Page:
TRIPOLI (Reuters) – The Libyan government sent an envoy to Greece yesterday to discuss an end to fighting, but gave no sign of any major climbdown in a war that has ground to a stalemate between rebels and forces loyal to Muammar Gaddafi.
Libyan Deputy Foreign Minister Abdelati Obeidi flew to Athens carrying a personal message from Gaddafi to Greek Prime Minister George Papandreou that Libya wanted the fighting to end, a Greek government official told Reuters.
“It seems that the Libyan authorities are seeking a solution,” Foreign Minister Dimitris Droutsas told reporters.
But there was no indication on what Tripoli might be ready to offer — beyond a willingness to negotiate — to end a war that has become bogged down on a frontline in the eastern oil town of Brega, while leaving civilians trapped by Gaddafi’s forces in the west.
Underlining the plight of civilians in western Libya, a Turkish ship that sailed into the besieged city of Misrata to rescue some 250 wounded had to leave in a hurry after crowds pressed forward on the dockside hoping to escape.
“It’s a very hard situation … We had to leave early,” said Turkish consular official Ali Akin after the ship stopped to pick up more wounded in the eastern rebel stronghold Benghazi.
Turkey’s foreign minister ordered the ship into Misrata after it spent four days waiting in vain for permission to dock.
It arrived under cover from 10 Turkish air force F-16 fighter planes and two navy frigates, Akin told Reuters.
The UN-mandated military intervention that began on March 19 was meant to protect civilians caught up in fighting between Gaddafi’s forces and the rebels.
Stalemate in Brega
Neither Gaddafi’s troops nor the disorganised rebel force have been able to gain the upper hand on the frontline in eastern Libya, despite Western air power in effect aiding the insurgents.
After chasing each other up and down the coastal road linking the oil ports of eastern Libya with Gaddafi’s tribal heartland further west, both sides have become bogged down in Brega, a sparsely populated settlement spread over more than 25 km (15 miles).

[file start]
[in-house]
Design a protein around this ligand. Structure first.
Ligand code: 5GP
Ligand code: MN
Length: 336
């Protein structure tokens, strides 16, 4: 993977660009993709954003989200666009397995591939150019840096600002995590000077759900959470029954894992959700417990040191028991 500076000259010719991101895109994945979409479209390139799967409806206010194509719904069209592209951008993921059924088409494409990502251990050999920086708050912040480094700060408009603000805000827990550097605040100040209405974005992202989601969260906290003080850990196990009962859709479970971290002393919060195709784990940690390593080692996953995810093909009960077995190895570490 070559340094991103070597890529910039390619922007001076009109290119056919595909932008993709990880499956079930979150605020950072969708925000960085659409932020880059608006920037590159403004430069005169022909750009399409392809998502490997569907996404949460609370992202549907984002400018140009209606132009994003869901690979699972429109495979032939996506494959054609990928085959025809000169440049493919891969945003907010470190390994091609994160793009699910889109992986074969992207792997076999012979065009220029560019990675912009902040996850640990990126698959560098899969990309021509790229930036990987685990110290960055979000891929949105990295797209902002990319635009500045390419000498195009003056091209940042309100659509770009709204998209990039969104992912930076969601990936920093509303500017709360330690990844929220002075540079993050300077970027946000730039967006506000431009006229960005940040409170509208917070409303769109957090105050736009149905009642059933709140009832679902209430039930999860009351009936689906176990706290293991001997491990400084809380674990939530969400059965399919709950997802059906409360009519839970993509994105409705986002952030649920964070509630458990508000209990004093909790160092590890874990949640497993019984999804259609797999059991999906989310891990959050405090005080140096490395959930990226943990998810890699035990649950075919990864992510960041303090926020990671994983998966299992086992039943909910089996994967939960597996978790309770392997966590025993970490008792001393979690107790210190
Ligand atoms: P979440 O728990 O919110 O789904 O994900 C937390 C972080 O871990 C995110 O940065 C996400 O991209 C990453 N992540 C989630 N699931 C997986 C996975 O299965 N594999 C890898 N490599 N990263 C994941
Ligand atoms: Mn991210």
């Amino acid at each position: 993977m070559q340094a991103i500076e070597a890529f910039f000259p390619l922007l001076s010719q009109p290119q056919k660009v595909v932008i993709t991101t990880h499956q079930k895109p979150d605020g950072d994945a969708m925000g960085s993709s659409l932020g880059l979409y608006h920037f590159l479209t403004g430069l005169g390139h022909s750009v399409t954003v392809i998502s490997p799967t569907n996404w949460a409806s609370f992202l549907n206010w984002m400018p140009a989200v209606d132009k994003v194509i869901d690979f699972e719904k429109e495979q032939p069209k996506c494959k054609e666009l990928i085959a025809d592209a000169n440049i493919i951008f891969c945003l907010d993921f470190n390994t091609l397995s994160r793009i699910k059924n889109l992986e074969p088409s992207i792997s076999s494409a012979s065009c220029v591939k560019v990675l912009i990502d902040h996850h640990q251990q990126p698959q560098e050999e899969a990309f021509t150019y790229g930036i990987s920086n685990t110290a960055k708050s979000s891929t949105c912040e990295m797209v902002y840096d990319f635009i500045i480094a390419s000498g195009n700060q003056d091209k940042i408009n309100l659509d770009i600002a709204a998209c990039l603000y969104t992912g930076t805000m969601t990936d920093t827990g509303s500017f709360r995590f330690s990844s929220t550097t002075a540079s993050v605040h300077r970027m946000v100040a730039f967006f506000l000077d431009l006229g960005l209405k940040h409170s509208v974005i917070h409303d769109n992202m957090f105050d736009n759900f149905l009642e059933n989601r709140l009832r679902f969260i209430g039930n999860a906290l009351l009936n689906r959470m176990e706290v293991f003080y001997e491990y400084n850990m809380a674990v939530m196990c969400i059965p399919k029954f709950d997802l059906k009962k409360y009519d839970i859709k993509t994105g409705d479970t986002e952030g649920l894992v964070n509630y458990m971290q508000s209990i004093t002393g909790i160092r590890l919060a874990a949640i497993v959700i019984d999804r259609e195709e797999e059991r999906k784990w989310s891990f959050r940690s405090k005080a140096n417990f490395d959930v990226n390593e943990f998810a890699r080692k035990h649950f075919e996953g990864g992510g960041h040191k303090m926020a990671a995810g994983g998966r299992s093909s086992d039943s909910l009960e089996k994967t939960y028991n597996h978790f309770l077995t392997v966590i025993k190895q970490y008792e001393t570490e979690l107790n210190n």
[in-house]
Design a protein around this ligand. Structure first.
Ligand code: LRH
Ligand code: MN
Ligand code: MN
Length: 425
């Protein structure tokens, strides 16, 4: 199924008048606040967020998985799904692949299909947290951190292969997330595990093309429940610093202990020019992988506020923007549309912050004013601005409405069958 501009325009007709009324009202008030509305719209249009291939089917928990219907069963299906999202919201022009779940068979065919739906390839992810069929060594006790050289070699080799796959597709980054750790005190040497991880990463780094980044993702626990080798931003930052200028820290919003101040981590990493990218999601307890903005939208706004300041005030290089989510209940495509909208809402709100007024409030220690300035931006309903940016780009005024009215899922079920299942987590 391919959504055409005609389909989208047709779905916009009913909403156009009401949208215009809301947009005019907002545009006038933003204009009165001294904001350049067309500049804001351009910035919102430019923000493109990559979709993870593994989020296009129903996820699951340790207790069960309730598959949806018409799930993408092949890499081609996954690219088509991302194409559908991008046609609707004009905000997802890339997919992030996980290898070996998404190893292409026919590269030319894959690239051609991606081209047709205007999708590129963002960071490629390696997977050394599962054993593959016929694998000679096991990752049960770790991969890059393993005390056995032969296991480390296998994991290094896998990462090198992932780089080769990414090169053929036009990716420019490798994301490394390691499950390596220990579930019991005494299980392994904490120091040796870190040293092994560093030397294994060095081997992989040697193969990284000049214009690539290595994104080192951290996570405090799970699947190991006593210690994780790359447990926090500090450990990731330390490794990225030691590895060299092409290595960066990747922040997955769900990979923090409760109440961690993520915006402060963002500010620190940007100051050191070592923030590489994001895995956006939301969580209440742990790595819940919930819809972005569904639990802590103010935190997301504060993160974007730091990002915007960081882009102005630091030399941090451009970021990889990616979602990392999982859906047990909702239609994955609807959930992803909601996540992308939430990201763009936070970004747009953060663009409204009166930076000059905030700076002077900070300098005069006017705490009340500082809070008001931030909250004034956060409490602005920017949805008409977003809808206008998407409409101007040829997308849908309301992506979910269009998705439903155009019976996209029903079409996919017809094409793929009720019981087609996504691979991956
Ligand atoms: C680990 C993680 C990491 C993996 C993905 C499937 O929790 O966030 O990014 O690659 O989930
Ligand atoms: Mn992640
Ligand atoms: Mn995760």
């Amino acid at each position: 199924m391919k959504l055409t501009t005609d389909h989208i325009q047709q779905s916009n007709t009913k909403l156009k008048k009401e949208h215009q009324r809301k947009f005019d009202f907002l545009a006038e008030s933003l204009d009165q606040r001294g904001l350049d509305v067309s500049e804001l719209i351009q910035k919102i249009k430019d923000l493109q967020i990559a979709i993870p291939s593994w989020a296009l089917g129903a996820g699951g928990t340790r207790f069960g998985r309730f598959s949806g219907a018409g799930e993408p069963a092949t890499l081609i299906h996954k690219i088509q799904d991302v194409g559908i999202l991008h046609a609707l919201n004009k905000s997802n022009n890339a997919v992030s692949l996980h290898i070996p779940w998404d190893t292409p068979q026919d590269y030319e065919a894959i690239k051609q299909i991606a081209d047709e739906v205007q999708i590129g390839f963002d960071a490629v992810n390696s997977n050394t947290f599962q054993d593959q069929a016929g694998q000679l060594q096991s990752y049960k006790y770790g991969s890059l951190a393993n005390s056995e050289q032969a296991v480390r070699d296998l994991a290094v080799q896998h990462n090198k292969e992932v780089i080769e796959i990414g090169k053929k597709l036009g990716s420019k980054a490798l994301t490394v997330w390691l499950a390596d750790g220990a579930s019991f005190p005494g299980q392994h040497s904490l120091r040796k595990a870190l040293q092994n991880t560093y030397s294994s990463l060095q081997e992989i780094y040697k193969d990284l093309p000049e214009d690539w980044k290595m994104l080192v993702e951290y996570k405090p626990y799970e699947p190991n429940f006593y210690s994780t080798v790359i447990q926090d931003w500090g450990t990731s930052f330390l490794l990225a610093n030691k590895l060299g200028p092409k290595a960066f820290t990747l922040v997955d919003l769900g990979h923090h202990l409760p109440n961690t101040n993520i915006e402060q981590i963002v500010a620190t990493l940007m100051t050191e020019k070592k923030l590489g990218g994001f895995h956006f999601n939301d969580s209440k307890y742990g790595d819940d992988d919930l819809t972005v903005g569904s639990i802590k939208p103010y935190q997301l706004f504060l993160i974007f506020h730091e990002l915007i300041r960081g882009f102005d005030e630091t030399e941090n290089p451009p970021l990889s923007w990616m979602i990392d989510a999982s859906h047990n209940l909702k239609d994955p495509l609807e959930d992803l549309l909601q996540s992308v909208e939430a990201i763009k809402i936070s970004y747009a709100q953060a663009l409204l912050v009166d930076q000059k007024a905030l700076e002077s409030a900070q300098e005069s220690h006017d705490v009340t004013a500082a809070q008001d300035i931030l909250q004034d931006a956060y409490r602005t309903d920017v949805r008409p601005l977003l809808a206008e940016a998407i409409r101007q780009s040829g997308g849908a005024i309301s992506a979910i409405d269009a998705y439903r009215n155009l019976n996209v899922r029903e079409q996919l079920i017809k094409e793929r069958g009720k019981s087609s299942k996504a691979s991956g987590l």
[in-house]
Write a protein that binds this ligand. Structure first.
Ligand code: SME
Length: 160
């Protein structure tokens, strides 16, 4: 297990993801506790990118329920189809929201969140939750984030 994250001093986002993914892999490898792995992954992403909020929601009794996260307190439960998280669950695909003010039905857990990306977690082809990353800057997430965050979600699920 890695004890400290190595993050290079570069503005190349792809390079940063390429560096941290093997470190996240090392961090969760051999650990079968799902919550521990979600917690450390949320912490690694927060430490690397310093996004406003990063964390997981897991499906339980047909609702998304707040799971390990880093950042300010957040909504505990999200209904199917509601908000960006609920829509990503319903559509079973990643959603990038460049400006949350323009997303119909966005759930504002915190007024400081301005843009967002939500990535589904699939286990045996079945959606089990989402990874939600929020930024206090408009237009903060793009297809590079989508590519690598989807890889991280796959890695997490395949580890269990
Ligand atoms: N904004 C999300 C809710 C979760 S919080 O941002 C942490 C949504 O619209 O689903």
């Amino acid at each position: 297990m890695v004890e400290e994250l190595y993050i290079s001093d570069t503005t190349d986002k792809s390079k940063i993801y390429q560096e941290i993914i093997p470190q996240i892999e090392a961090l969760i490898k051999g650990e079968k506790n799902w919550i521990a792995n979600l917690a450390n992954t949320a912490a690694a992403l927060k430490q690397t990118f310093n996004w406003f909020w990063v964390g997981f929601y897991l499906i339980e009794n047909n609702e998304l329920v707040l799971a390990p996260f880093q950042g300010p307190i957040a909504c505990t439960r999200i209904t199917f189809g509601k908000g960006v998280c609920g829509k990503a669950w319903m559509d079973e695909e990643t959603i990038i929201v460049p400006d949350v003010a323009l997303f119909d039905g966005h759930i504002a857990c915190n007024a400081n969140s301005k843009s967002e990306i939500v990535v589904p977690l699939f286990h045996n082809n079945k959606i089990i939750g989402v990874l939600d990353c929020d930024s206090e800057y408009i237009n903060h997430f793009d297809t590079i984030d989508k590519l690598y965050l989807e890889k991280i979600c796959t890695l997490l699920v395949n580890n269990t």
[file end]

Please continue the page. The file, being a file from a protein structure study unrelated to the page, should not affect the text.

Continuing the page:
Yet Western countries, wary of becoming too entangled in another war after campaigns in Afghanistan and Iraq, have ruled out sending ground troops to help the rebels.
The United States, which has handed over command of the operation to NATO, said it had agreed to extend the use of its strike aircraft into today because of poor weather last week.
But it has stressed its desire to end its own involvement in combat missions, and shift instead to a support role in areas such as surveillance, electronic warfare and refuelling.
The combination of stalemate on the frontline and the plight of civilians caught in fighting or facing food and fuel shortages has prompted a flurry of diplomatic contacts to find a way out.
Greece said Obeidi would travel to Malta and Turkey after his talks in Greece, which has enjoyed good relations with Gaddafi for a number of years.
Papandreou had been talking by phone with officials in Tripoli as well as the leaders of Qatar, Turkey and Britain over the last two days.
One diplomat cautioned, however, that any diplomatic compromise — for example one in which Gaddafi handed over power to one of his sons — could lead to the partition of Libya.
That was a possibility ruled out by western countries before the air strikes were launched.
“Various scenarios are being discussed,” said the diplomat. “Everyone wants a quick solution.”
The rebels, meanwhile, are working to impose discipline among the ranks of their many inexperienced volunteers in order to not only hold their positions but push forward.
If there were eventually to be a ceasefire leading to the partition of Libya, control of revenues from the oil ports, including Brega and Ras Lanuf to the west, would be crucial.
The rebels named a “crisis team” with Gaddafi’s former interior minister as their armed forces chief of staff, and attempted to stiffen their enthusiastic but untrained volunteer army by putting professional soldiers at its head.
“We are reorganising our ranks. We have formed our first brigade. It is entirely formed from ex-military defectors and people who’ve come back from retirement,” former air force major Jalid al-Libie told Reuters in Benghazi.
Outside Brega, better rebel discipline was already in evidence on Sunday. The volunteers, and journalists, were being several kilometres (miles) east of the front.